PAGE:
You liked one song, and eight other shit reasons you used to buy CDs

BACK in the day, CDs were a serious financial investment which required careful consideration. Here are the moronic reasons you used to buy them.

You liked one song

If one song on the album was good, that must mean the rest of them are too, if not better, right? It’s not like a band would release a sub-par product and trick you into buying it by tempting you with the tastiest morsel, would they? Oh.

Everyone was listening to it

You didn’t see the big deal, but it had been at number one for seven weeks so perhaps you were wrong. After forking out £12.99 at Our Price, trudging home and listening through, you were relieved to find out you were right all along and it was terrible. Then all you had to do is head back for a refund.

You were trying to impress a potential sexual partner

Lust makes people do crazy things, so purchasing a CD your crush mentioned is pretty low on the scale of humiliating behaviour. That’s until you realised the majority of your collection was purchased in this manner, and was essentially a creepy shrine to potential shags that never came to pass.

It had a cool parental warning sticker on the cover

If this sticker was designed to warn and deter younger listeners, it had the opposite effect. Not only did it look cool, it was also an indicator that you were in for some hardcore language and themes of a sexual nature. Sadly it had no correlation with the quality of the music, which was often shit.

You got 30p off with your MVC card

£14.99 for ABBA Gold? Outrageous. They’re good but they’re not that f**king good. However, with the help of your little friend you could slash that price right down to a much more appealing £14.69 and feel like a boss slapping the card on the counter. Bargain.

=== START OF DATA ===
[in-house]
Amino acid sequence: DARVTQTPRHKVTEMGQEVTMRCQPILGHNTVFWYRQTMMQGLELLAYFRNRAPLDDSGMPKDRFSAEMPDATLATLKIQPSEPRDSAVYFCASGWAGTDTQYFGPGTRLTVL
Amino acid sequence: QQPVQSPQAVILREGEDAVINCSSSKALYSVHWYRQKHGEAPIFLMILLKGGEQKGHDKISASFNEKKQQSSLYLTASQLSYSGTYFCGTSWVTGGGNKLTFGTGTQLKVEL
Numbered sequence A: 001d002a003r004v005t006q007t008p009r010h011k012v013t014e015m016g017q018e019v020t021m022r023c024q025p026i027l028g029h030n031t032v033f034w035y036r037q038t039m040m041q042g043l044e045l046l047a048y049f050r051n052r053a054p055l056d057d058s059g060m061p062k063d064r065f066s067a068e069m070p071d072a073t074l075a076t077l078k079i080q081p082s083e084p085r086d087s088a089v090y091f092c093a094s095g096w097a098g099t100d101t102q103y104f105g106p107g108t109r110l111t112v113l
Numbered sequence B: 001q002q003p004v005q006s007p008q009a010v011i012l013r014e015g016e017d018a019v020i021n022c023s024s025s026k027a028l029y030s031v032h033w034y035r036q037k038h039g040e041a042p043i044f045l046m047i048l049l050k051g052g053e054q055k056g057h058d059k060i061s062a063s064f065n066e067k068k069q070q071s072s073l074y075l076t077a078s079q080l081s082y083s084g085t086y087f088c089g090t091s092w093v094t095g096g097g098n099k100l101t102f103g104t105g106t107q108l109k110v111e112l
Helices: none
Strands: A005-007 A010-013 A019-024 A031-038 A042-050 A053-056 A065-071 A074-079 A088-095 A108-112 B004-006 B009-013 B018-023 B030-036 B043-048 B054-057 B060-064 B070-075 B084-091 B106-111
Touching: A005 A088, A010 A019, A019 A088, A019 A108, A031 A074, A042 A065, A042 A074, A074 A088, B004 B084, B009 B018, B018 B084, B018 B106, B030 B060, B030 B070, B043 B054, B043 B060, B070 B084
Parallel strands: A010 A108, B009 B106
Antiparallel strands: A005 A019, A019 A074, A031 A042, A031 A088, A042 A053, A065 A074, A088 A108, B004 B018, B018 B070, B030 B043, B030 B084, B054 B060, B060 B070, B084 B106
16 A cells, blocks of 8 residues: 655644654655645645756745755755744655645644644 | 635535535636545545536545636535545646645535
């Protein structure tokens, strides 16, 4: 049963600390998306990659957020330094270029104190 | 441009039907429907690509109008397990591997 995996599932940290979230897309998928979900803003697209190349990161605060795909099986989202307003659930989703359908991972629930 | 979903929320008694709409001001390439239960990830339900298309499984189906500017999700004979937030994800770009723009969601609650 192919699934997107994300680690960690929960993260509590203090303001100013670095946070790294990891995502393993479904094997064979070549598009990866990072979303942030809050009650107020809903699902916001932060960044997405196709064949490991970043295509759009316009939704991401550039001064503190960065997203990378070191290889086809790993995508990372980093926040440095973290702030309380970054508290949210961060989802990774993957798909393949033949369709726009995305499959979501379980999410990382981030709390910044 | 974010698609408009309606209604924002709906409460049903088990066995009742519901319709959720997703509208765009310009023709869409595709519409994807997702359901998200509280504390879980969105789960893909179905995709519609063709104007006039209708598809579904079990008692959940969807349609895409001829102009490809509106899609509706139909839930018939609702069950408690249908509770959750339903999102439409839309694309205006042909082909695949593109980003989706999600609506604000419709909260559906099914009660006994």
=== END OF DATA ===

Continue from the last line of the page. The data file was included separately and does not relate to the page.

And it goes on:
NME told you to

You weren’t a connoisseur of emerging musical talent. You lapped up whatever was alternative but also readily accessible, and the NME was there to do the thinking for you and guide you toward your next purchase like the gormless little drone you were. These days algorithms have picked up that baton.

You were bored

What else were you going to do, go home and watch YouTube? That was years away from being invented. You could always watch TV, but there were only four channels and you had to hope something good was on. CDs you had control over, and you got to know those handful of tracks really f**king well.

You thought vinyl was dead forever

How could you have known there would be a vinyl revival in a couple of decades and you’d have to buy your favourite albums on wax all over again? The mere idea was ridiculous. CDs are the future, you thought, and your only concern was upgrading them to MiniDiscs in a few years.

You wanted to feel cool

The most pathetic reason to do anything, but also one of the most popular. Screamadelica was about as far removed from your musical tastes as it was possible to get, but all the cool kids who sat at the back of the bus were listening to it and you wanted to feel like them. They never did let you hang out with them though, did they?

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Man too far into prejudiced opinion to laugh it off as a joke

A MAN has committed to an unfounded and narrow-minded belief so fully that he can no longer back out by saying it was a joke.

Joshua Hudson started to panic as he realised his friends fundamentally disagreed with his prejudiced opinion and there was no way he could laugh it off.

He said: “At first I thought we were all on the same page because they laughed along. But maybe they were laughing ironically and they thought I was taking the piss. I wasn’t.

“I blustered on, digging a deeper hole for myself by reinforcing my opinion with baseless statistics I’d read on the internet. That’s when they started looking stern and saying things like ‘Are you being serious?’ and ‘What the f**k, mate?’

“Even then I could have defused the situation with a cheeky wink and telling them I’d tricked them. But I doubled down and claimed I was just saying what everyone was thinking. I checkmated myself.

“In fact, saying I’m joking at this point would contradict some of my previous points, and they’d definitely know I was being serious all along. I don’t know what to do. Send help.”

Friend Tom Booker said: “I always suspected Josh was a wrong ’un. Still, he deflected attention from the even dodgier comment I made before he arrived.”